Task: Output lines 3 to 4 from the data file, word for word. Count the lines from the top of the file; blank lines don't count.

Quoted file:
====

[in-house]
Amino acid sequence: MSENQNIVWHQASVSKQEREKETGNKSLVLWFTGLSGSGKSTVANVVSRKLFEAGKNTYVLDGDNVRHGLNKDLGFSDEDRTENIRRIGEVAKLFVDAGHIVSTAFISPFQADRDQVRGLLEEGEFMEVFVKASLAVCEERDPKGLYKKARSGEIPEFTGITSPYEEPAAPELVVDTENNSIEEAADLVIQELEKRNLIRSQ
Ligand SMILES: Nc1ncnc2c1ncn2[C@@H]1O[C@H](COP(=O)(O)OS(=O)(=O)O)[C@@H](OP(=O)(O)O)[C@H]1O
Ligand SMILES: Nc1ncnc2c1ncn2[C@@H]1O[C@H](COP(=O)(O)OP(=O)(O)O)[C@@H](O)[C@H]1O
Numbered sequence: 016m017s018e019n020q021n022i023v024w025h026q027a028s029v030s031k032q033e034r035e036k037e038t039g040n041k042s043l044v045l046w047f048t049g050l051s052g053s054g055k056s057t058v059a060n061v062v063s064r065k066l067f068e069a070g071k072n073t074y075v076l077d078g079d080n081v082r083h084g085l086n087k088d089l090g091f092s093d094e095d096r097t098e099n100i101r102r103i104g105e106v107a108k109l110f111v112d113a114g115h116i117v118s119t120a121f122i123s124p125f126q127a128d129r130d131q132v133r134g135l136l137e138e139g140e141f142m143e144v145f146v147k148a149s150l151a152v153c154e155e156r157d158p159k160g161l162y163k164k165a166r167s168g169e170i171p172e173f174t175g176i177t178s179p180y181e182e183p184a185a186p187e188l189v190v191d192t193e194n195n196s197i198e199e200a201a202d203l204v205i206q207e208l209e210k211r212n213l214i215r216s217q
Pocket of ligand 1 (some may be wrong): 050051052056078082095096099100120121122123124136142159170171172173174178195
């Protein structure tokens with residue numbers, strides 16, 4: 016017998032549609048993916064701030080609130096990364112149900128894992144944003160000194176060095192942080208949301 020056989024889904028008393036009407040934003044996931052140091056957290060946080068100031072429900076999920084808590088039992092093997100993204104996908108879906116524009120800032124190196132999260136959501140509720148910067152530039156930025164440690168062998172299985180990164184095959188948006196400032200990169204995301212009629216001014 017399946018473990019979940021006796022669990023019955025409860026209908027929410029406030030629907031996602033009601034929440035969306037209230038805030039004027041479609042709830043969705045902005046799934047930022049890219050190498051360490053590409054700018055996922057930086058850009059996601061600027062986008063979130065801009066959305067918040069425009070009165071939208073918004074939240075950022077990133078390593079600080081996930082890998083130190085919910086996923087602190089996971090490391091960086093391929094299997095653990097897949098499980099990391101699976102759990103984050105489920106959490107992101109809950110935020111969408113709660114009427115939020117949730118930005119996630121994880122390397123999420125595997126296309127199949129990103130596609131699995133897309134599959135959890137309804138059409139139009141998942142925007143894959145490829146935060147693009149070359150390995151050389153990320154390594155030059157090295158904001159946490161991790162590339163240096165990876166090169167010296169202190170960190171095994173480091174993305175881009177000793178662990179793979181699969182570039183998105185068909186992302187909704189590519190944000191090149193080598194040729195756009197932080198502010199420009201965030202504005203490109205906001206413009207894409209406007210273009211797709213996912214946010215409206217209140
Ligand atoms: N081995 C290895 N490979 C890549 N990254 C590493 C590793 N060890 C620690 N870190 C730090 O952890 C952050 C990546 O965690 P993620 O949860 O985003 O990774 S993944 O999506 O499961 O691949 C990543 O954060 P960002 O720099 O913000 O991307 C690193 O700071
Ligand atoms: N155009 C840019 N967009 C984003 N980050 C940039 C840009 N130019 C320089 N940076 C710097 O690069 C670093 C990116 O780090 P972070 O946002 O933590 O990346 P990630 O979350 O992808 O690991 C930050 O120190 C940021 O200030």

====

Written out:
Ligand SMILES: Nc1ncnc2c1ncn2[C@@H]1O[C@H](COP(=O)(O)OS(=O)(=O)O)[C@@H](OP(=O)(O)O)[C@H]1O
Ligand SMILES: Nc1ncnc2c1ncn2[C@@H]1O[C@H](COP(=O)(O)OP(=O)(O)O)[C@@H](O)[C@H]1O